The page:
America's grief at what happened has been immense and immensely public. It would be grotesque to expect it to calibrate or modulate its anguish. However, it will be a pity if, instead of using this as an opportunity to try to understand why September 11 happened, Americans use it as an opportunity to usurp the whole world's sorrow to mourn and avenge only their own. Because then it falls to the rest of us to ask the hard questions and say the harsh things. And for our pains, for our bad timing, we will be disliked, ignored, and perhaps eventually silenced.
The world will probably never know what motivated those particular
hijackers who flew planes into those particular American buildings.
They were not glory boys. They left no suicide notes, no political
messages; no organisation has claimed credit for the attacks.
All we know is that their belief in what they were doing outstripped
the natural human instinct for survival, or any desire to be remembered.
It's almost as though they could not scale down the enormity
of their rage to anything smaller than their deeds. And what they
did has blown a hole in the world as we knew it. In the absence
of information, politicians, political commentators, and writers
(like myself) will invest the act with their own politics, with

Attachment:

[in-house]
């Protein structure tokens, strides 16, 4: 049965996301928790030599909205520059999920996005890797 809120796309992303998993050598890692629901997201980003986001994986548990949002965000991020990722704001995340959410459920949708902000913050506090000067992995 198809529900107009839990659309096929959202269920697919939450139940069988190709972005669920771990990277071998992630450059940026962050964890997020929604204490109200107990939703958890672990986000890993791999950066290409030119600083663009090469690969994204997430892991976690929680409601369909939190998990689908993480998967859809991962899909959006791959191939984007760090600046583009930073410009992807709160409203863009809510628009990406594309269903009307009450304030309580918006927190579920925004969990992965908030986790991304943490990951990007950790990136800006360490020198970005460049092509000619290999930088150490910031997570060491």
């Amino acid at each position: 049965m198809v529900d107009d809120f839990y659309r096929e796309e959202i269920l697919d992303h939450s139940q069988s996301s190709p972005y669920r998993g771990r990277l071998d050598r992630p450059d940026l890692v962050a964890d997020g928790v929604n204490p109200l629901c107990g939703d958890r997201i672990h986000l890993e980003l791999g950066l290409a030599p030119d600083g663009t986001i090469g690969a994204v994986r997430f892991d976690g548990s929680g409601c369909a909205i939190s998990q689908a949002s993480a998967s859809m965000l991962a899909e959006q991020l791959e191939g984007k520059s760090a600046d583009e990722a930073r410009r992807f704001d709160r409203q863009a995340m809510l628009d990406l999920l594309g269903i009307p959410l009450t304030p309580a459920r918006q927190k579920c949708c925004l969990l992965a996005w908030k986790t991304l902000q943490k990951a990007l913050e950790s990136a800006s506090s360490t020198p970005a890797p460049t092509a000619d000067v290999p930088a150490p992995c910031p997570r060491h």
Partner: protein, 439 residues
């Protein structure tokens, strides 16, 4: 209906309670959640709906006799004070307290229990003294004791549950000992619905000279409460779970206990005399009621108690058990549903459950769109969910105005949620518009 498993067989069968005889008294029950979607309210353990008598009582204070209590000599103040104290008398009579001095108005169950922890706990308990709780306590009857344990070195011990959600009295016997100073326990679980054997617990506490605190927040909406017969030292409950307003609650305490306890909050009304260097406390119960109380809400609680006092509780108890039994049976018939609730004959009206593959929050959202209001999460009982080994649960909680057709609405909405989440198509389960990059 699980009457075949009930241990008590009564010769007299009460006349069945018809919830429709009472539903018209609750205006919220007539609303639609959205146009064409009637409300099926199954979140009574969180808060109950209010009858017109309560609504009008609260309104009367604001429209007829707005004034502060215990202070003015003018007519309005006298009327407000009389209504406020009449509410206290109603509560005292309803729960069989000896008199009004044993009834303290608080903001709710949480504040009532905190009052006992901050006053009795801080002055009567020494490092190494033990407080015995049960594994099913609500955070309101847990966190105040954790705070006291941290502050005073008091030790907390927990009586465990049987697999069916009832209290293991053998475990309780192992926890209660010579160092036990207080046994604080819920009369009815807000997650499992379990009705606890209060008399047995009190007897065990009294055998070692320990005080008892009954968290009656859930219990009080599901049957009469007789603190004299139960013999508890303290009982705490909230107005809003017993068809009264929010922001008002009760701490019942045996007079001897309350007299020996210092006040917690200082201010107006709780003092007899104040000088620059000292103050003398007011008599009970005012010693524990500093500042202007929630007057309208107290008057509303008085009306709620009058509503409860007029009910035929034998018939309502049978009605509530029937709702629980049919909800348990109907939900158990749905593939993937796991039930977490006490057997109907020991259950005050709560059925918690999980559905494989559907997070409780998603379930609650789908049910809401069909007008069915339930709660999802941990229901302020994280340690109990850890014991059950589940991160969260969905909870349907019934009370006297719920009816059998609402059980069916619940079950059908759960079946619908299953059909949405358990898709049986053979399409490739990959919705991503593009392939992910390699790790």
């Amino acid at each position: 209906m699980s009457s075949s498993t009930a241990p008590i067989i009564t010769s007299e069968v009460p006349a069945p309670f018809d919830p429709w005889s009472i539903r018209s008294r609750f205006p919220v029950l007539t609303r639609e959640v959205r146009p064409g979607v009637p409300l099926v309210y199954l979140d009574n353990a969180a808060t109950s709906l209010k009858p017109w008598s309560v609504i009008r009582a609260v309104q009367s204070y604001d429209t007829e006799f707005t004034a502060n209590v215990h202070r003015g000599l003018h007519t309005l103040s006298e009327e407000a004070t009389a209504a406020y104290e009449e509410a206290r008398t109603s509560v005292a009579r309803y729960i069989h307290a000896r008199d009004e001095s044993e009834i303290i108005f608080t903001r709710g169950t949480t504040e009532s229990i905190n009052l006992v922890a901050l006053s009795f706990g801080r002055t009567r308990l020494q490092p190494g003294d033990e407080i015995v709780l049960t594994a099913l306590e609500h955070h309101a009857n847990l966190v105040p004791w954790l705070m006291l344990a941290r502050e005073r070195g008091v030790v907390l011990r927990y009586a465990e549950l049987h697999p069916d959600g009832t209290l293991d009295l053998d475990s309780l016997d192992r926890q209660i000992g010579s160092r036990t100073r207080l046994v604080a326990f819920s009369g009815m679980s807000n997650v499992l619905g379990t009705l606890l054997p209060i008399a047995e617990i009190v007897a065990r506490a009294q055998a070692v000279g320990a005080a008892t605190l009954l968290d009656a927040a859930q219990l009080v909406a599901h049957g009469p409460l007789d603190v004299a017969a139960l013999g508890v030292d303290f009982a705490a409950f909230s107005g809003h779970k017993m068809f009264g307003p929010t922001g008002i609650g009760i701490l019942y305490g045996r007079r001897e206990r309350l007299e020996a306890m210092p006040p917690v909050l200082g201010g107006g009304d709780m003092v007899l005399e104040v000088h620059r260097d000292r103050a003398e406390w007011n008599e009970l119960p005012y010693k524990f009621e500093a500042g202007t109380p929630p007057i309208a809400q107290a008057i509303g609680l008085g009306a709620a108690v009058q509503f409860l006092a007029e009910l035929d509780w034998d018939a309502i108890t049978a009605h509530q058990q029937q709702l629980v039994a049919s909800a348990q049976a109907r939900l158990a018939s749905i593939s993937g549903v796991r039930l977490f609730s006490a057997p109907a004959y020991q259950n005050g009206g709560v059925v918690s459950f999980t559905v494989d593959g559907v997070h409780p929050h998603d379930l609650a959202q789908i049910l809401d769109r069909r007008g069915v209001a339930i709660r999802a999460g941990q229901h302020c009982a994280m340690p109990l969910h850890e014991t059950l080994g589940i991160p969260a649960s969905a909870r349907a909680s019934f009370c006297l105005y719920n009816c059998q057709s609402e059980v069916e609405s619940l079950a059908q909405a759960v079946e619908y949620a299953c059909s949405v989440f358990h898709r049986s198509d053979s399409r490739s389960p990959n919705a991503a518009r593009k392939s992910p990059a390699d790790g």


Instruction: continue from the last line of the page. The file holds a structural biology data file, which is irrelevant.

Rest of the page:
their own interpretations. This speculation, this analysis of
the political climate in which the attacks took place, can only
be a good thing.
Enduring Freedom for Whom?
But war is looming large. Whatever remains to be said must be said quickly. As America places itself at the helm of the "international coalition against terror," as it invites (and coerces) countries to actively participate in its almost godlike mission--called Operation Infinite Justice until it was pointed out that this could be seen as an insult to Muslims, who believe that only Allah can mete out infinite justice, and was renamed Operation Enduring Freedom--it would help if some small clarifications were made. For example, Infinite Justice/Enduring Freedom for whom? Is this America's war against terror in America or against terror in general?
What exactly is being avenged here? Is it the tragic loss of almost 7,000 lives, the gutting of five million square feet of office space in Manhattan, the destruction of a section of the Pentagon, the loss of several hundreds of thousands of jobs, the bankruptcy of some airline companies and the dip in the New York Stock Exchange? Or is it more than that? In 1996, Madeleine Albright, then the US secretary of state, was asked on national television what she felt about the fact that 500,000 Iraqi children had died as a result of US economic sanctions. She replied that it was "a very hard choice," but that, all things considered, "we think the price is worth it." Albright never lost her job for saying this. She continued to travel the world representing the views and aspirations of the US government. More pertinently, the sanctions against Iraq remain in place. Children continue to die.